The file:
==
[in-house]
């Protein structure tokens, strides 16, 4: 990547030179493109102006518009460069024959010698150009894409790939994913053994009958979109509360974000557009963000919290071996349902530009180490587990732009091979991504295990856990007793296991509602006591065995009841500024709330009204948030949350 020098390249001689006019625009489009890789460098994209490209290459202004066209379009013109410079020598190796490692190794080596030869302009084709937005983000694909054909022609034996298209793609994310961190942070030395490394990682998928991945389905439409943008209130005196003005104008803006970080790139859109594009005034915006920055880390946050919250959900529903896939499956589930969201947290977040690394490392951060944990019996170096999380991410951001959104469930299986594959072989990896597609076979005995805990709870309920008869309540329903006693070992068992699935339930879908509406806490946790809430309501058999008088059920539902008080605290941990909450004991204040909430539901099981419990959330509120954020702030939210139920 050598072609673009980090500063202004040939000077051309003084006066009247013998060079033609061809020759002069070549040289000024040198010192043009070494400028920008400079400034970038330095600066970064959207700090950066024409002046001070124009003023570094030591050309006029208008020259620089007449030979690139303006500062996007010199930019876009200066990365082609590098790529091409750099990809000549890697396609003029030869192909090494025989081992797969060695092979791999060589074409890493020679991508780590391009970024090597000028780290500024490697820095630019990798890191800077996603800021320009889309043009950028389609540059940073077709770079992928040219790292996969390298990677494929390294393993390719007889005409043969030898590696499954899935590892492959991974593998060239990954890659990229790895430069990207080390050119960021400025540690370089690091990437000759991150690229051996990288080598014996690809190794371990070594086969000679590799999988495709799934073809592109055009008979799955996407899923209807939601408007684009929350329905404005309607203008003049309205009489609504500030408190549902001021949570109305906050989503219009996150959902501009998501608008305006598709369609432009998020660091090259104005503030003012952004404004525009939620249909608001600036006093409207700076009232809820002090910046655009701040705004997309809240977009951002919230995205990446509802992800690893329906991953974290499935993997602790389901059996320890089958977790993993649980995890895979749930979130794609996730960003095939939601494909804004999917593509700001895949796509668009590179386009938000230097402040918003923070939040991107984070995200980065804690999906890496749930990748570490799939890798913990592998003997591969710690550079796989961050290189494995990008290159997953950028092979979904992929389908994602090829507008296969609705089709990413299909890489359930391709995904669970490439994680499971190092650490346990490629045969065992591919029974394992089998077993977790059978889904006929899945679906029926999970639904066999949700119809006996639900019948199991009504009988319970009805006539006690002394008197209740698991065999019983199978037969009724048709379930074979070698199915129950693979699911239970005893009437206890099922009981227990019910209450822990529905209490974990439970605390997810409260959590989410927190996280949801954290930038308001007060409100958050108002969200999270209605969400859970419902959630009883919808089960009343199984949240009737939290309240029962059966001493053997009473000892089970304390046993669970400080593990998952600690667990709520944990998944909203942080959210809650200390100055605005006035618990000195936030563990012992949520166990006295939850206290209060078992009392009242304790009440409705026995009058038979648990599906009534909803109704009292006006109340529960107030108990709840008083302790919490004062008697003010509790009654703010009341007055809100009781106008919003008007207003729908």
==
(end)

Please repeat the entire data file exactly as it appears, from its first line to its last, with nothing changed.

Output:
[in-house]
């Protein structure tokens, strides 16, 4: 990547030179493109102006518009460069024959010698150009894409790939994913053994009958979109509360974000557009963000919290071996349902530009180490587990732009091979991504295990856990007793296991509602006591065995009841500024709330009204948030949350 020098390249001689006019625009489009890789460098994209490209290459202004066209379009013109410079020598190796490692190794080596030869302009084709937005983000694909054909022609034996298209793609994310961190942070030395490394990682998928991945389905439409943008209130005196003005104008803006970080790139859109594009005034915006920055880390946050919250959900529903896939499956589930969201947290977040690394490392951060944990019996170096999380991410951001959104469930299986594959072989990896597609076979005995805990709870309920008869309540329903006693070992068992699935339930879908509406806490946790809430309501058999008088059920539902008080605290941990909450004991204040909430539901099981419990959330509120954020702030939210139920 050598072609673009980090500063202004040939000077051309003084006066009247013998060079033609061809020759002069070549040289000024040198010192043009070494400028920008400079400034970038330095600066970064959207700090950066024409002046001070124009003023570094030591050309006029208008020259620089007449030979690139303006500062996007010199930019876009200066990365082609590098790529091409750099990809000549890697396609003029030869192909090494025989081992797969060695092979791999060589074409890493020679991508780590391009970024090597000028780290500024490697820095630019990798890191800077996603800021320009889309043009950028389609540059940073077709770079992928040219790292996969390298990677494929390294393993390719007889005409043969030898590696499954899935590892492959991974593998060239990954890659990229790895430069990207080390050119960021400025540690370089690091990437000759991150690229051996990288080598014996690809190794371990070594086969000679590799999988495709799934073809592109055009008979799955996407899923209807939601408007684009929350329905404005309607203008003049309205009489609504500030408190549902001021949570109305906050989503219009996150959902501009998501608008305006598709369609432009998020660091090259104005503030003012952004404004525009939620249909608001600036006093409207700076009232809820002090910046655009701040705004997309809240977009951002919230995205990446509802992800690893329906991953974290499935993997602790389901059996320890089958977790993993649980995890895979749930979130794609996730960003095939939601494909804004999917593509700001895949796509668009590179386009938000230097402040918003923070939040991107984070995200980065804690999906890496749930990748570490799939890798913990592998003997591969710690550079796989961050290189494995990008290159997953950028092979979904992929389908994602090829507008296969609705089709990413299909890489359930391709995904669970490439994680499971190092650490346990490629045969065992591919029974394992089998077993977790059978889904006929899945679906029926999970639904066999949700119809006996639900019948199991009504009988319970009805006539006690002394008197209740698991065999019983199978037969009724048709379930074979070698199915129950693979699911239970005893009437206890099922009981227990019910209450822990529905209490974990439970605390997810409260959590989410927190996280949801954290930038308001007060409100958050108002969200999270209605969400859970419902959630009883919808089960009343199984949240009737939290309240029962059966001493053997009473000892089970304390046993669970400080593990998952600690667990709520944990998944909203942080959210809650200390100055605005006035618990000195936030563990012992949520166990006295939850206290209060078992009392009242304790009440409705026995009058038979648990599906009534909803109704009292006006109340529960107030108990709840008083302790919490004062008697003010509790009654703010009341007055809100009781106008919003008007207003729908």